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Predicting the long term effects and the risks of abuse and misuse in long term opioid users with chronic non-cancer pain

Zin, Che Suraya (2019) Predicting the long term effects and the risks of abuse and misuse in long term opioid users with chronic non-cancer pain. Project Report. UNSPECIFIED, Kuantan. (Unpublished)

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Little is known about the patterns of analgesic prescribing particularly on opioid prescribing in Malaysia. The issue related to persistence and adherence to opioid therapy is unclear and whether the initial characteristics of opioid prescribing influence the long term use of opioids is also unknown. Objectives This study examined the trends of analgesic prescribing at public tertiary hospital outpatient settings and explore the patterns of their utilization in NSAIDs, tramadol and opioid patients. Also examined opioid prescription initiation patterns and their association with short- and long-term opioid use among opioid-naïve patients. Exploration on the different patterns of persistent opioid use and the change in these patterns over time in patients with non-cancer and cancer pain also include Methods This retrospective cross sectional study was conducted from 2010 to 2016 using the prescription databases of two tertiary hospitals in Malaysia. Prescriptions for nine NSAIDs (ketoprofen, diclofenac, celecoxib, etoricoxib, ibuprofen, indomethacin, meloxicam, mefenamic acid and naproxen), tramadol and five other opioids (morphine, fentanyl, oxycodone, dihydrocodeine, and buprenorphine) were included in this study. Annual number of patients and prescriptions were measured in repeat cross sectional estimates. For the characteristics of initial opioid prescribing, this study included patients aged ≥18 years with at least one opioid prescription. These patients had no opioid prescriptions in the 365 days prior, and were followed-up for 365 days after the initial opioid prescription. The main outcome measures were the number of short-term (<90 days) and long-term opioid users (≥90 days), initial opioid prescription period, and daily dose. To explore the persistence in opioid use, a three-dimensional persistence measure consisting of treatment intensity, frequency and distribution were used to define persistent opioid users as wide (use opioids most of the days in a year), intermediate (use opioids daily) or strict (use opioids continuously to achieve a therapeutic concentration) users. The number of patients in each persistence definition and the change in persistence patterns over time was recorded. Results A total of 192747 analgesic prescriptions of the nine NSAIDs, tramadol, and five other opioids were prescribed for 97227 patients (51.8% NSAIDs patients, 46.6% tramadol patients, and 1.7% opioid patients) from 2010 to 2016. Tramadol (37.9%, n = 72999) was the most frequently prescribed analgesic followed by ketoprofen (17.5%, n=33793), diclofenac (16.2%, n = 31180), celecoxib (12.2%, n =23487), and other NSAIDs (<4.5%). Characteristics of initial opioid prescribing showed that the majority of these short- (99.09%) and long-term users (96.18%) received an initial daily opioid dose of <50 mg/day with a short-acting opioid formulation. Short-term opioid users were predominantly prescribed opioids for 3-7 days (59.06%) by the emergency department (ED, 60.56%), while long-term opioid users were primarily prescribed opioids for ≥7 days (91.85%) by non-ED hospital departments (91.8%). The adjusted model showed that the following were associated with long-term opioid use: increasing opioid daily doses, prescription period ≥7 days, and long-acting opioids initiated by non-EDs. Exploration on persistence demonstrated that majority of persistent opioid users in the non-cancer and cancer groups were in the wide (9.3% vs.4.8%), followed by intermediate (3.1% vs.0.5%), and strict (1.8% vs.0.9%) definitions. Over a three-year study duration, change to a less stringent persistence definition was observed in the non-cancer group whereas no discernible pattern of change was observed in the cancer group. Conclusions Tramadol was the most frequently prescribed analgesic at hospital outpatient settings in Malaysia. Opioids were prescribed the least but noted the highest increase in utilization. The majority of opioid-naïve patients in tertiary hospital settings in Malaysia were prescribed opioids for short-term use. The progression to long-term use among opioid-naïve patients was attributed to the prescription of higher opioid doses for a longer duration as well as long-acting opioids initiated by non-emergency department (ED) hospital departments. Change in the patterns of clinical opioid use over time was detected among persistent opioid users in both non-cancer and cancer groups using a three-dimensional persistence measure. This measure which is sensitive to the changes in clinical use of opioids over time can greatly impact future research and practices for better pain management involving opioids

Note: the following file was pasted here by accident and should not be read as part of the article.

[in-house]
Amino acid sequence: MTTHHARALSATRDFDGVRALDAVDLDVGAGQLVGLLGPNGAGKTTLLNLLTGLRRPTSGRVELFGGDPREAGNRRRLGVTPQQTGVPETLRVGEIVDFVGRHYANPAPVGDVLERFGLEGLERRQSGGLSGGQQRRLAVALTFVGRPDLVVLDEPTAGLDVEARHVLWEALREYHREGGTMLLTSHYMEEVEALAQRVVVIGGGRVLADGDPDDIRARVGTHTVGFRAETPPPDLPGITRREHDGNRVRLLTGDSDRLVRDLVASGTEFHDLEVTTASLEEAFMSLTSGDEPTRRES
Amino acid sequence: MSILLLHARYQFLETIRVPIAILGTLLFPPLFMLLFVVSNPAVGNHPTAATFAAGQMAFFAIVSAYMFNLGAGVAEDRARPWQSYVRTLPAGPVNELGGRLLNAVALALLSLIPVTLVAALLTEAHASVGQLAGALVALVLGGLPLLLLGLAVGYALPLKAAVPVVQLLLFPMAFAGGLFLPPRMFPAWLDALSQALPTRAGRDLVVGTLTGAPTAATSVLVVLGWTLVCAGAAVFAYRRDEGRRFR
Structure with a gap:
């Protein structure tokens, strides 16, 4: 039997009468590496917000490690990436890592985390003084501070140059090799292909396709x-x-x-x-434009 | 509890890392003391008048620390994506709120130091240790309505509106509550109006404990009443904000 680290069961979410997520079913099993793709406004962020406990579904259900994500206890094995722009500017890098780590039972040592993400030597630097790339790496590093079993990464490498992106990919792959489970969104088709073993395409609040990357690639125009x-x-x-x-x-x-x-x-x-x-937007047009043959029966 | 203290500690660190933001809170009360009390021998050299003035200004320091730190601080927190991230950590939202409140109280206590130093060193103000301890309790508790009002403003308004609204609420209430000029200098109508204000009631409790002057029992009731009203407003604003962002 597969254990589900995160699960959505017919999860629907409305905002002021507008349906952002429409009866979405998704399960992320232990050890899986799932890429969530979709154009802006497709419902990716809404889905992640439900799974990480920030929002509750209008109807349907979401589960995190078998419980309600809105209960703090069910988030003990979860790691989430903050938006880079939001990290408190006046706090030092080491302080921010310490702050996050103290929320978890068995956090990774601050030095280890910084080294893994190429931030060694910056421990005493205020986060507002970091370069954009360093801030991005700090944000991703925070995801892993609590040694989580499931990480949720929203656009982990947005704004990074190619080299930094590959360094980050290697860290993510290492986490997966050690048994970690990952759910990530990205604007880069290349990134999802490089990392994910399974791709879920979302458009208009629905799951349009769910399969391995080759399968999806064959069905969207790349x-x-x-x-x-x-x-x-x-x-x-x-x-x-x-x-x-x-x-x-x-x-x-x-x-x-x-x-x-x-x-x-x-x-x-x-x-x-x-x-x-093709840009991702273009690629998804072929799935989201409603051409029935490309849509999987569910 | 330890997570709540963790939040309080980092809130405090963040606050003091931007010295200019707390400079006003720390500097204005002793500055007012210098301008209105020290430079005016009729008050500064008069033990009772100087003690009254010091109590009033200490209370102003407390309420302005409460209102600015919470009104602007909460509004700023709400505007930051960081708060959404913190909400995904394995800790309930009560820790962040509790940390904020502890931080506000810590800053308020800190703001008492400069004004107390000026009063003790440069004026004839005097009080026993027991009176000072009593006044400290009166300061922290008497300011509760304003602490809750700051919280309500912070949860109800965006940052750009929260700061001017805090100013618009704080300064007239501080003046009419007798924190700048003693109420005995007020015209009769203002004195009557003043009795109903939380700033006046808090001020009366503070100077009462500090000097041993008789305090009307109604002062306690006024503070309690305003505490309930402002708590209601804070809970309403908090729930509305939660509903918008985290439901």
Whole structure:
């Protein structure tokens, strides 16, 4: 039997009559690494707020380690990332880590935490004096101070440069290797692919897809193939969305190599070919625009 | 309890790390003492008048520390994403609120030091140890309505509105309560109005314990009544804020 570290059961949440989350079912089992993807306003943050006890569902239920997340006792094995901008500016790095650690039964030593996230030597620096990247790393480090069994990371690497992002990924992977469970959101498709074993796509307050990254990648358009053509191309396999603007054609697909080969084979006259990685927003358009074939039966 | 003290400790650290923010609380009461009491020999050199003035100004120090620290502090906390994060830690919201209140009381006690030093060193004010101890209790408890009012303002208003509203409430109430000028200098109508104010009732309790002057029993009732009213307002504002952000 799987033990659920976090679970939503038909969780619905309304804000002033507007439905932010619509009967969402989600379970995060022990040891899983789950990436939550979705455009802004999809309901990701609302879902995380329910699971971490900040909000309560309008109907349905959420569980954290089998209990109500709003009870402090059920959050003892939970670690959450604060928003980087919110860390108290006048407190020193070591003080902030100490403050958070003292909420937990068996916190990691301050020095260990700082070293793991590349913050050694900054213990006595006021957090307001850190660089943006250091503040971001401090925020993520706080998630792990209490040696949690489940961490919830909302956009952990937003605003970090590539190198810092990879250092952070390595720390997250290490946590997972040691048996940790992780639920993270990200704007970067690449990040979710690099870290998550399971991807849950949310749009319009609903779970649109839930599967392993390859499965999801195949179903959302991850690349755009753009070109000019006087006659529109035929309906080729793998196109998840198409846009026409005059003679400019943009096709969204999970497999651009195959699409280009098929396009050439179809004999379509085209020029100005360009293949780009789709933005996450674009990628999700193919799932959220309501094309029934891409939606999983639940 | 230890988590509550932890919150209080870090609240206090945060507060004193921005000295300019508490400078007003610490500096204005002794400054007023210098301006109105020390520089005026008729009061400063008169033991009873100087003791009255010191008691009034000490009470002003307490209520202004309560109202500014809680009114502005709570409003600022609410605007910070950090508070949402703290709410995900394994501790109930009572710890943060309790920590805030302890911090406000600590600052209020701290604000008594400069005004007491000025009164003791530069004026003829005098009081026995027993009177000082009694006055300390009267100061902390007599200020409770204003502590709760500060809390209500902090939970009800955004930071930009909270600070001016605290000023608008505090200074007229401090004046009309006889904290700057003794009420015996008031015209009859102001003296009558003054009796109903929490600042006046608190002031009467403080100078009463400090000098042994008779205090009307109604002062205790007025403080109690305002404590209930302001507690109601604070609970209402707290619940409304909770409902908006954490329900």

Item Type: Monograph (Project Report)
Additional Information: 4127/73550
Uncontrolled Keywords: Trends of prescribing, patterns, analgesics, tramadol, NSAIDs, opioids Initial opioid prescription; opioid-naïve; opioid prescribing; Malaysia cancer pain, persistence patterns, non-cancer pain
Subjects: R Medicine > RM Therapeutics. Pharmacology
R Medicine > RM Therapeutics. Pharmacology > RM147 Administration of Drugs and Other Therapeutic Agents
Kulliyyahs/Centres/Divisions/Institutes (Can select more than one option. Press CONTROL button): Kulliyyah of Pharmacy > Department of Pharmacy Practice
Kulliyyah of Pharmacy
Depositing User: Prof Dr Che Suraya Mohd Zin
Date Deposited: 26 Aug 2019 11:34
Last Modified: 26 Aug 2019 11:34
URI: http://irep.iium.edu.my/id/eprint/73550

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